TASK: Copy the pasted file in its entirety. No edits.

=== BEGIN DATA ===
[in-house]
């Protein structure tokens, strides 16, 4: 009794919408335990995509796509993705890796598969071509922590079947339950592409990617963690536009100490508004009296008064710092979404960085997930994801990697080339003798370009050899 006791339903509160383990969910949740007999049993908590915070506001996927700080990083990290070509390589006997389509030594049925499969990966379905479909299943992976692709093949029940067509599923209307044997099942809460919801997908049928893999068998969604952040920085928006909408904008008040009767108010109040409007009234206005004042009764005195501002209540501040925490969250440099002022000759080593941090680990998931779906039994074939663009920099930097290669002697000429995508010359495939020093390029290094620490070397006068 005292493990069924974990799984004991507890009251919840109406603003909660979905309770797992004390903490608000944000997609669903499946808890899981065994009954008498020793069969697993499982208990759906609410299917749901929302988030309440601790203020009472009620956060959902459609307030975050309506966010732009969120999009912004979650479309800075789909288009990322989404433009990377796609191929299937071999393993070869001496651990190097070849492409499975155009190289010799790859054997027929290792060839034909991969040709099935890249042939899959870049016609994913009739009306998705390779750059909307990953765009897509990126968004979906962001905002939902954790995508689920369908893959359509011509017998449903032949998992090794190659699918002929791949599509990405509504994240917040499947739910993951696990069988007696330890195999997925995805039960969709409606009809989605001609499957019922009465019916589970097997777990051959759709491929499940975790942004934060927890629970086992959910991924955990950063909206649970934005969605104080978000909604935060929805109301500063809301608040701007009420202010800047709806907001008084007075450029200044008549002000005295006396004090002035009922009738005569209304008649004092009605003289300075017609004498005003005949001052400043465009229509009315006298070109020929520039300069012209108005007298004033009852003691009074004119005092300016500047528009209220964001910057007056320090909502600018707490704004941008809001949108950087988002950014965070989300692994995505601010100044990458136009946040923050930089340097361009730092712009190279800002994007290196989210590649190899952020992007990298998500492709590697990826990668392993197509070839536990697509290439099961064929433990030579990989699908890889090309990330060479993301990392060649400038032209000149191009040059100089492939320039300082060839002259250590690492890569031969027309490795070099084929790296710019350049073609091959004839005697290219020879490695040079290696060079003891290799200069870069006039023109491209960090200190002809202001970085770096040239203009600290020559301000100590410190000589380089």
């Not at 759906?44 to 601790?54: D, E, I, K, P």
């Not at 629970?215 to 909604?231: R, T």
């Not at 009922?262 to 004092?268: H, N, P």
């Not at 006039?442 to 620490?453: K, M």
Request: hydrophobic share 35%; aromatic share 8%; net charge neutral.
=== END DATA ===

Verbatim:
[in-house]
């Protein structure tokens, strides 16, 4: 009794919408335990995509796509993705890796598969071509922590079947339950592409990617963690536009100490508004009296008064710092979404960085997930994801990697080339003798370009050899 006791339903509160383990969910949740007999049993908590915070506001996927700080990083990290070509390589006997389509030594049925499969990966379905479909299943992976692709093949029940067509599923209307044997099942809460919801997908049928893999068998969604952040920085928006909408904008008040009767108010109040409007009234206005004042009764005195501002209540501040925490969250440099002022000759080593941090680990998931779906039994074939663009920099930097290669002697000429995508010359495939020093390029290094620490070397006068 005292493990069924974990799984004991507890009251919840109406603003909660979905309770797992004390903490608000944000997609669903499946808890899981065994009954008498020793069969697993499982208990759906609410299917749901929302988030309440601790203020009472009620956060959902459609307030975050309506966010732009969120999009912004979650479309800075789909288009990322989404433009990377796609191929299937071999393993070869001496651990190097070849492409499975155009190289010799790859054997027929290792060839034909991969040709099935890249042939899959870049016609994913009739009306998705390779750059909307990953765009897509990126968004979906962001905002939902954790995508689920369908893959359509011509017998449903032949998992090794190659699918002929791949599509990405509504994240917040499947739910993951696990069988007696330890195999997925995805039960969709409606009809989605001609499957019922009465019916589970097997777990051959759709491929499940975790942004934060927890629970086992959910991924955990950063909206649970934005969605104080978000909604935060929805109301500063809301608040701007009420202010800047709806907001008084007075450029200044008549002000005295006396004090002035009922009738005569209304008649004092009605003289300075017609004498005003005949001052400043465009229509009315006298070109020929520039300069012209108005007298004033009852003691009074004119005092300016500047528009209220964001910057007056320090909502600018707490704004941008809001949108950087988002950014965070989300692994995505601010100044990458136009946040923050930089340097361009730092712009190279800002994007290196989210590649190899952020992007990298998500492709590697990826990668392993197509070839536990697509290439099961064929433990030579990989699908890889090309990330060479993301990392060649400038032209000149191009040059100089492939320039300082060839002259250590690492890569031969027309490795070099084929790296710019350049073609091959004839005697290219020879490695040079290696060079003891290799200069870069006039023109491209960090200190002809202001970085770096040239203009600290020559301000100590410190000589380089």
């Not at 759906?44 to 601790?54: D, E, I, K, P």
């Not at 629970?215 to 909604?231: R, T």
């Not at 009922?262 to 004092?268: H, N, P």
């Not at 006039?442 to 620490?453: K, M």
Request: hydrophobic share 35%; aromatic share 8%; net charge neutral.